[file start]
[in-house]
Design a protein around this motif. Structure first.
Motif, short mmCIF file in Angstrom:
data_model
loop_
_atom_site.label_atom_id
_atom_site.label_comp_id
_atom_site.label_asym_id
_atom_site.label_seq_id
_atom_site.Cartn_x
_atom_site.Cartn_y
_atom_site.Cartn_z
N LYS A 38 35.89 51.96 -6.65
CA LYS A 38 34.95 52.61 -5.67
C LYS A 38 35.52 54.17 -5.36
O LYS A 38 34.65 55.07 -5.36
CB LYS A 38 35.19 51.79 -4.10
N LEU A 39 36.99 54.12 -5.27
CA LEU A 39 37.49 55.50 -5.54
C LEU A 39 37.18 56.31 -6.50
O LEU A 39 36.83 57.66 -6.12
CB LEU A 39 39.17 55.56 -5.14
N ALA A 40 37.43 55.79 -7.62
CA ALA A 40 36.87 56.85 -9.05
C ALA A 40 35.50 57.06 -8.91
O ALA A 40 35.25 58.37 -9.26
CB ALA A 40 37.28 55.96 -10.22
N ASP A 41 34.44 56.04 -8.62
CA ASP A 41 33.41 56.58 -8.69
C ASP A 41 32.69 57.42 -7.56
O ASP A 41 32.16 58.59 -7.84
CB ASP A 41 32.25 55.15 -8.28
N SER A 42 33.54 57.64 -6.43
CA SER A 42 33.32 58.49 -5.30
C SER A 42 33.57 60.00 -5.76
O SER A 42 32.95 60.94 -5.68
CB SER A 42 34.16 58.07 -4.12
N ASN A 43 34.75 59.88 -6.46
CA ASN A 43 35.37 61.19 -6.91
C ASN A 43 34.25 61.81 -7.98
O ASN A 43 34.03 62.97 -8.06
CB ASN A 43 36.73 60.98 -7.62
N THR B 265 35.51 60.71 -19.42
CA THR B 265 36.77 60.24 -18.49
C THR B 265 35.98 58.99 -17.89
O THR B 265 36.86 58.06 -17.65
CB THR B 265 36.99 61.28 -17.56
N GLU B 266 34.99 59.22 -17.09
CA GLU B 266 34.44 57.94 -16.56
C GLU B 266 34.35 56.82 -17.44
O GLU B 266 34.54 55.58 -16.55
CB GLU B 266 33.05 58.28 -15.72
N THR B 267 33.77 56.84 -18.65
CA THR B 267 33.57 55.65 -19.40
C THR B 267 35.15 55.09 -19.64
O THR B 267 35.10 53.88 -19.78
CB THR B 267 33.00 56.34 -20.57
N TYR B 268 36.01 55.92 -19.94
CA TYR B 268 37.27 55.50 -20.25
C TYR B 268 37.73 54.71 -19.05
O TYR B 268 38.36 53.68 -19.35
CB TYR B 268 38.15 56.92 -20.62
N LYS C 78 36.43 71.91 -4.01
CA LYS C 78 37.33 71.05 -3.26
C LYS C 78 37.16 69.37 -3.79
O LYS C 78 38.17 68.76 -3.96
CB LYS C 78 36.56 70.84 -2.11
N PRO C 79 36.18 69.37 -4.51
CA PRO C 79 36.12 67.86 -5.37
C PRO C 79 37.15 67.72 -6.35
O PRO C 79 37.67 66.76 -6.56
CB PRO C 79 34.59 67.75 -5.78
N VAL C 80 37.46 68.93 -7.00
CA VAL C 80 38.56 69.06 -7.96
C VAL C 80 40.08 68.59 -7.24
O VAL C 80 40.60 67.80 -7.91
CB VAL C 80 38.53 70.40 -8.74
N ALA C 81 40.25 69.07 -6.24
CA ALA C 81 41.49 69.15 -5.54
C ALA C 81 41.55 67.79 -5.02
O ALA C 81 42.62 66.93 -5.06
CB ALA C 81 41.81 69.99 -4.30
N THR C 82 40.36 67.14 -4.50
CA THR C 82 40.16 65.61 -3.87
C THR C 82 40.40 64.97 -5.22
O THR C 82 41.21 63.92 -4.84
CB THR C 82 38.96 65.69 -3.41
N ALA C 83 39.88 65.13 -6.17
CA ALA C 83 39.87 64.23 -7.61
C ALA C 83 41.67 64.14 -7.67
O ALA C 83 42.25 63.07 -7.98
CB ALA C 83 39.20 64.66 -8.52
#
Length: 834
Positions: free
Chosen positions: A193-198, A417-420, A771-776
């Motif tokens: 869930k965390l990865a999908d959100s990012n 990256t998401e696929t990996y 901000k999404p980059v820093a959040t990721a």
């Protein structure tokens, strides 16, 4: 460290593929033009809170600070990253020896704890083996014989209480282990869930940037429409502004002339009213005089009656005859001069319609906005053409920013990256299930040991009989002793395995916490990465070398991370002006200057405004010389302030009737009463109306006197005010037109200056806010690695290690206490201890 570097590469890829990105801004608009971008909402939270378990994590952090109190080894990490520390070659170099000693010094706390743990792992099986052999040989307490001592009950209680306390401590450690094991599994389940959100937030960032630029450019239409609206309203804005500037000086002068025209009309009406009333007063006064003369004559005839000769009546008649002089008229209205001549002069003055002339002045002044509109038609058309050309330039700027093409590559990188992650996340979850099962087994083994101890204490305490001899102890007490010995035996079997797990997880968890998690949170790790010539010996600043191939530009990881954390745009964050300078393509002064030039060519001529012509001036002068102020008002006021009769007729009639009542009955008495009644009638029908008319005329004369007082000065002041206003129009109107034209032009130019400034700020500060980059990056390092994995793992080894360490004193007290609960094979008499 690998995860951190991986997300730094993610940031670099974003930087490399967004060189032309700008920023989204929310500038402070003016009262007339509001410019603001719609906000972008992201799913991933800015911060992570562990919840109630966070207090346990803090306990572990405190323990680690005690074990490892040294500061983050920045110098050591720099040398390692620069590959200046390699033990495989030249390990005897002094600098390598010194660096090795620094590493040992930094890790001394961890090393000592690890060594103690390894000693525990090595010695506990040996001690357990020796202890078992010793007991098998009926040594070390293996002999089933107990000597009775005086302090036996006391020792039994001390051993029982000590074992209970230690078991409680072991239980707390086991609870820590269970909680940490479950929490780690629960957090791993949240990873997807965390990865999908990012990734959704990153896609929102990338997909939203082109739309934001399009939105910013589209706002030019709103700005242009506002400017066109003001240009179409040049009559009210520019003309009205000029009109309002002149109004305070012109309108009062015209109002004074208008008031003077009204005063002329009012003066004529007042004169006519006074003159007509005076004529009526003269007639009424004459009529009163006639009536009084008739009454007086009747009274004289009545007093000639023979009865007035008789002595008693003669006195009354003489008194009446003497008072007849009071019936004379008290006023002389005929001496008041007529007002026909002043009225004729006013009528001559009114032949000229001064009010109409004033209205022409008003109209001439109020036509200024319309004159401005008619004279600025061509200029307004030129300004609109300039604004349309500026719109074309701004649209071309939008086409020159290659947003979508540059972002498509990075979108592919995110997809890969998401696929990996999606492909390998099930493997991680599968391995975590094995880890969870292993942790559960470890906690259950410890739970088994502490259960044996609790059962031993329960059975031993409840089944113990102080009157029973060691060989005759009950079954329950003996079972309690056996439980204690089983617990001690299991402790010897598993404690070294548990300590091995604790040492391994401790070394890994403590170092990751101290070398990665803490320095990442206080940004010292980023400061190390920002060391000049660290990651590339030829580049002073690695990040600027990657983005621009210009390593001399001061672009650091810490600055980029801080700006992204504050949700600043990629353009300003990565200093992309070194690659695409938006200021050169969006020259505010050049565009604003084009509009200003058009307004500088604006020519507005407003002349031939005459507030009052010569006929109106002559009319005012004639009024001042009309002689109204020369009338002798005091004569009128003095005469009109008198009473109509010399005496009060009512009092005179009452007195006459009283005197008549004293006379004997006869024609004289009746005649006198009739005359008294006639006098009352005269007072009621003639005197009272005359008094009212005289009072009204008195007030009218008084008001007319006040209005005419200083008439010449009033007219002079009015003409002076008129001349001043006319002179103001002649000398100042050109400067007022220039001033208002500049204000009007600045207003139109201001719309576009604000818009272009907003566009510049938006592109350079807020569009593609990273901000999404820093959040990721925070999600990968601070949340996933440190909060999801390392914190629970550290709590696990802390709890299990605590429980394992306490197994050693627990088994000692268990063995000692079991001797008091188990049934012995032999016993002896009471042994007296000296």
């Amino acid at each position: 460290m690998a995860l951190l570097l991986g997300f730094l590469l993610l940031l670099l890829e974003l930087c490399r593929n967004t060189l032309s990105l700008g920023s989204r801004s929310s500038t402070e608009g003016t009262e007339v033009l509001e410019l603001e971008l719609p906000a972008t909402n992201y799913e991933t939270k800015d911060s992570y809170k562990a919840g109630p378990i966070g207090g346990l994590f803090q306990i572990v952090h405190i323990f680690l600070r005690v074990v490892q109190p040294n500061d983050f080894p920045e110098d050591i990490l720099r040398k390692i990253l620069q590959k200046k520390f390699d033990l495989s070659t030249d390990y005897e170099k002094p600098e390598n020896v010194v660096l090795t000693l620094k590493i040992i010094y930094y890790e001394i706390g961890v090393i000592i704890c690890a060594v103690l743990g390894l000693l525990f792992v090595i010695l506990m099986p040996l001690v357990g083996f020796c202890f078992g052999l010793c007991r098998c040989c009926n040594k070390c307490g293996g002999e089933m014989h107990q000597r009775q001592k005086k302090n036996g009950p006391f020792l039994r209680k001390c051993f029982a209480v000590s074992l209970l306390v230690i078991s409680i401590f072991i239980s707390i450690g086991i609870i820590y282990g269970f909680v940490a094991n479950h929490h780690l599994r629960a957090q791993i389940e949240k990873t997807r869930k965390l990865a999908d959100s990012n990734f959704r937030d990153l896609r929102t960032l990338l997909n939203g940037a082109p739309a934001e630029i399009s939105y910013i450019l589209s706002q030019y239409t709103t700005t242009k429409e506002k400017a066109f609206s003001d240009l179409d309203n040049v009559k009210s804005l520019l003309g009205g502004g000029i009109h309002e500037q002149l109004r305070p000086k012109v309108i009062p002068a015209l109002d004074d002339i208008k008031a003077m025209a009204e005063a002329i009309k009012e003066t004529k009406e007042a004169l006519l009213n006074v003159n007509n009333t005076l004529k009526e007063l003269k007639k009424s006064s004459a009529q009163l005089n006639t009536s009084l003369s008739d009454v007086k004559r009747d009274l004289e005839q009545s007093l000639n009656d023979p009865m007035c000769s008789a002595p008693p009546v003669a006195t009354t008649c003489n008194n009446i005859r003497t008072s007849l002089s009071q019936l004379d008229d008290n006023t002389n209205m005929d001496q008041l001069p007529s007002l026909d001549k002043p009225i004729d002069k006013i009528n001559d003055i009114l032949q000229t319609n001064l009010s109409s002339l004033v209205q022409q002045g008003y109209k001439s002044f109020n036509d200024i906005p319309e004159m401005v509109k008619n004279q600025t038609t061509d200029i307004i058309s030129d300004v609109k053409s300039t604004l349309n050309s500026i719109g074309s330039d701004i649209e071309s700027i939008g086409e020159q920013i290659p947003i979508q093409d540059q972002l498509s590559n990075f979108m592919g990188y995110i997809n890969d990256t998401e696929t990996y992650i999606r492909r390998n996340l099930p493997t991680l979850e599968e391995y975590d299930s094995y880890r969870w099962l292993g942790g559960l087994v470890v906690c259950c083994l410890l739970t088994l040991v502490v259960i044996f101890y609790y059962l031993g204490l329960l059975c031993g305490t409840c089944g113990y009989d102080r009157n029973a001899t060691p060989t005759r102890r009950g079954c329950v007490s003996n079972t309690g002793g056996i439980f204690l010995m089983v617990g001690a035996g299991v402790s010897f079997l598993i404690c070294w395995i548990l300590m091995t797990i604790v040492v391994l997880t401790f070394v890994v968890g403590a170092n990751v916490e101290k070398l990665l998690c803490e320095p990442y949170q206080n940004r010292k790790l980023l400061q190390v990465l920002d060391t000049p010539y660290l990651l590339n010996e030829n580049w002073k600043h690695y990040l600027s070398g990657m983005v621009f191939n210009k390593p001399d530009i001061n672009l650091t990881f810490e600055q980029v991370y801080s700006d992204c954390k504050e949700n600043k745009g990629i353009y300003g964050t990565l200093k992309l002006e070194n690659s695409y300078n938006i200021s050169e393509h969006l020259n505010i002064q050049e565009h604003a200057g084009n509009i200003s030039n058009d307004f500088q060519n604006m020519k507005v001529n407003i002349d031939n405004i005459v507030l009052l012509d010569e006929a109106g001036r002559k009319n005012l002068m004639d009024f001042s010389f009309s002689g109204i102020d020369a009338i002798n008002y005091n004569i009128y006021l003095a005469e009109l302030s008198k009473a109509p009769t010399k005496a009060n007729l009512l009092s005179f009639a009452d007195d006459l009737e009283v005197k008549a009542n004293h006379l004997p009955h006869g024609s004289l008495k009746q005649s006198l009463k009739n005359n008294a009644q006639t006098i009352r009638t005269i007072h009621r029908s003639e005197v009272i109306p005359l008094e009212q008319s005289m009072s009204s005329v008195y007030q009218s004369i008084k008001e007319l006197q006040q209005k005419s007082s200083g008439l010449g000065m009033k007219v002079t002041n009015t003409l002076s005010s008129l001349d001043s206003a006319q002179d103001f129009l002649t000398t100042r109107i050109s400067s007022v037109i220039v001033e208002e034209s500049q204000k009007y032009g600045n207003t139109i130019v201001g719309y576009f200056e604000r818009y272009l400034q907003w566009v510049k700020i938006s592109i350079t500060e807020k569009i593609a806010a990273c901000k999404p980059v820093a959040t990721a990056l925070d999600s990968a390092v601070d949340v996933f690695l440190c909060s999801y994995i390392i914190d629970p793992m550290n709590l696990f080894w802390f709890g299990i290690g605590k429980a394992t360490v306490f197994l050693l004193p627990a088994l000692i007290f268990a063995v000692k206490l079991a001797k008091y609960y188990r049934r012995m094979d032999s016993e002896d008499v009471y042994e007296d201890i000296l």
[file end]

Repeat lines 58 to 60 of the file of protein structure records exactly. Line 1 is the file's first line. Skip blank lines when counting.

N TYR B 268 36.01 55.92 -19.94
CA TYR B 268 37.27 55.50 -20.25
C TYR B 268 37.73 54.71 -19.05